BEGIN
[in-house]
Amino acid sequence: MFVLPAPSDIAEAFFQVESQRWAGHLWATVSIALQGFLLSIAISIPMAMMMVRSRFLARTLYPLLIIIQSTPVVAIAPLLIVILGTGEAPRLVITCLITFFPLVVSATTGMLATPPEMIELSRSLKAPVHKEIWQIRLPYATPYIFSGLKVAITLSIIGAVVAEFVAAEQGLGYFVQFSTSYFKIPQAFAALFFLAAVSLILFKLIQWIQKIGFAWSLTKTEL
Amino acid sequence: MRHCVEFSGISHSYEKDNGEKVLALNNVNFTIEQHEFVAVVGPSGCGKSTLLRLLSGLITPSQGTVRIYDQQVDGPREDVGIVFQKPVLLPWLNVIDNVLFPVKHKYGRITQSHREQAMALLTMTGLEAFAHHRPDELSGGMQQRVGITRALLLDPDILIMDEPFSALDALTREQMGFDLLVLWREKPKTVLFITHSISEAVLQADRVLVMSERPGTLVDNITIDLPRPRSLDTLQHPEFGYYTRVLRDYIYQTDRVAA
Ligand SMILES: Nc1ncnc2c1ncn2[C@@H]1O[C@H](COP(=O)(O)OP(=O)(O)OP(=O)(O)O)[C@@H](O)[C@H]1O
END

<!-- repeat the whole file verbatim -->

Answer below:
[in-house]
Amino acid sequence: MFVLPAPSDIAEAFFQVESQRWAGHLWATVSIALQGFLLSIAISIPMAMMMVRSRFLARTLYPLLIIIQSTPVVAIAPLLIVILGTGEAPRLVITCLITFFPLVVSATTGMLATPPEMIELSRSLKAPVHKEIWQIRLPYATPYIFSGLKVAITLSIIGAVVAEFVAAEQGLGYFVQFSTSYFKIPQAFAALFFLAAVSLILFKLIQWIQKIGFAWSLTKTEL
Amino acid sequence: MRHCVEFSGISHSYEKDNGEKVLALNNVNFTIEQHEFVAVVGPSGCGKSTLLRLLSGLITPSQGTVRIYDQQVDGPREDVGIVFQKPVLLPWLNVIDNVLFPVKHKYGRITQSHREQAMALLTMTGLEAFAHHRPDELSGGMQQRVGITRALLLDPDILIMDEPFSALDALTREQMGFDLLVLWREKPKTVLFITHSISEAVLQADRVLVMSERPGTLVDNITIDLPRPRSLDTLQHPEFGYYTRVLRDYIYQTDRVAA
Ligand SMILES: Nc1ncnc2c1ncn2[C@@H]1O[C@H](COP(=O)(O)OP(=O)(O)OP(=O)(O)O)[C@@H](O)[C@H]1O